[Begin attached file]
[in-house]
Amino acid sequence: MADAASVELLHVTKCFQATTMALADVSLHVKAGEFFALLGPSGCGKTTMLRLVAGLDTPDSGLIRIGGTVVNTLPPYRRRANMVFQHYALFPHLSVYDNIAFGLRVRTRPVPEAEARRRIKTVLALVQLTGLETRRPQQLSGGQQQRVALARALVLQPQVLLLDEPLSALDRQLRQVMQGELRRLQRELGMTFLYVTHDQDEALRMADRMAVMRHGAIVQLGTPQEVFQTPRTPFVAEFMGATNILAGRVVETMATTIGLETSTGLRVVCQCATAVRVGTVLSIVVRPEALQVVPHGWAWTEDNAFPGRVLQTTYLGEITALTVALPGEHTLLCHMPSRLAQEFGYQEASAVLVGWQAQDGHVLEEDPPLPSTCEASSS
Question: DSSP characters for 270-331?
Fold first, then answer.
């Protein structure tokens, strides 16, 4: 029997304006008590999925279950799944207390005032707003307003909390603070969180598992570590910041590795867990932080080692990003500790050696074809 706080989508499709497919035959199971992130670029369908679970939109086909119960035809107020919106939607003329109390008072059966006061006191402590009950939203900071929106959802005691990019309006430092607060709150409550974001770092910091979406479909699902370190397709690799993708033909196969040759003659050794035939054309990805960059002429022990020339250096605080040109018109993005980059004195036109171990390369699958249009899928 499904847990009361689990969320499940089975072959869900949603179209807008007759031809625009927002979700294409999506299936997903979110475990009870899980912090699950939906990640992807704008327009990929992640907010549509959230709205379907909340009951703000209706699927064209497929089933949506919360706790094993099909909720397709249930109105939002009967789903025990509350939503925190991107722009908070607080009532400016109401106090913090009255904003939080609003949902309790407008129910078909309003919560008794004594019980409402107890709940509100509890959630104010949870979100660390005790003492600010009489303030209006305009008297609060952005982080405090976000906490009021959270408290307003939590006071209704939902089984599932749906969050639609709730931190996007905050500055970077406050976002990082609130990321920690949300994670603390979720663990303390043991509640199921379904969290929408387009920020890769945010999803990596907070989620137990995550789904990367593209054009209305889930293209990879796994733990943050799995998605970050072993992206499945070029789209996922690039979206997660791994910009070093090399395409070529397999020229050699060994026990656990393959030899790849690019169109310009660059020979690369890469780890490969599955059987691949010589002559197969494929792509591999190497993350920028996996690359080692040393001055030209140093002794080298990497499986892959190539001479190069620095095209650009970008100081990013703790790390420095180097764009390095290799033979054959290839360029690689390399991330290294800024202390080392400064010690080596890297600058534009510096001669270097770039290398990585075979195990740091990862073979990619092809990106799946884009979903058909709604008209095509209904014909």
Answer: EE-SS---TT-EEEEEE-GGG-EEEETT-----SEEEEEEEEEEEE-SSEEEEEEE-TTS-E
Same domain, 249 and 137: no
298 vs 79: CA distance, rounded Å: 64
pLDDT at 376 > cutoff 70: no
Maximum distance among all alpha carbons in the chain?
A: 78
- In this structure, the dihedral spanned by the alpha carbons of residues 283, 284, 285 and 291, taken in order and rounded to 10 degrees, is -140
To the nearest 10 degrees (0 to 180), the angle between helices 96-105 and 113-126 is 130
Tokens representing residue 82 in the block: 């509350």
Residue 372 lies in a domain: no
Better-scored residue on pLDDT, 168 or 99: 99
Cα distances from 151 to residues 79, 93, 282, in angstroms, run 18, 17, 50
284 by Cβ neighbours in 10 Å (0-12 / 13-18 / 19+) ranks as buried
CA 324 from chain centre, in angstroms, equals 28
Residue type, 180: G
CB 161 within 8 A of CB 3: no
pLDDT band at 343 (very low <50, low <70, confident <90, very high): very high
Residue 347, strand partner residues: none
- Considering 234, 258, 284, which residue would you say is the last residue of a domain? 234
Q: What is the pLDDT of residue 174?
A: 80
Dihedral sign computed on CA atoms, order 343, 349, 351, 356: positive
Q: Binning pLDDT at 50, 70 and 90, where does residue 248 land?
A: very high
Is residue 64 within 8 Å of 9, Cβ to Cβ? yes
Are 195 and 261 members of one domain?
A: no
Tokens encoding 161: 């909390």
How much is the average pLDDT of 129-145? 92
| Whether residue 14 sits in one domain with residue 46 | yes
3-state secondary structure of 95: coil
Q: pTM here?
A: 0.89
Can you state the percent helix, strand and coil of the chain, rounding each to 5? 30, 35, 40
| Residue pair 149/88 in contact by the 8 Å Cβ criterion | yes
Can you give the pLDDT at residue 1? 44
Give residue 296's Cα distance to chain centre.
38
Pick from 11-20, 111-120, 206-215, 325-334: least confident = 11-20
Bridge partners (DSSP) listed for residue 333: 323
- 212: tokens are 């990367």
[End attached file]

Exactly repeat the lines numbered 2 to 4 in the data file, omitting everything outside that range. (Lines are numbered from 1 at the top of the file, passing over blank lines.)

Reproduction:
Amino acid sequence: MADAASVELLHVTKCFQATTMALADVSLHVKAGEFFALLGPSGCGKTTMLRLVAGLDTPDSGLIRIGGTVVNTLPPYRRRANMVFQHYALFPHLSVYDNIAFGLRVRTRPVPEAEARRRIKTVLALVQLTGLETRRPQQLSGGQQQRVALARALVLQPQVLLLDEPLSALDRQLRQVMQGELRRLQRELGMTFLYVTHDQDEALRMADRMAVMRHGAIVQLGTPQEVFQTPRTPFVAEFMGATNILAGRVVETMATTIGLETSTGLRVVCQCATAVRVGTVLSIVVRPEALQVVPHGWAWTEDNAFPGRVLQTTYLGEITALTVALPGEHTLLCHMPSRLAQEFGYQEASAVLVGWQAQDGHVLEEDPPLPSTCEASSS
Question: DSSP characters for 270-331?
Fold first, then answer.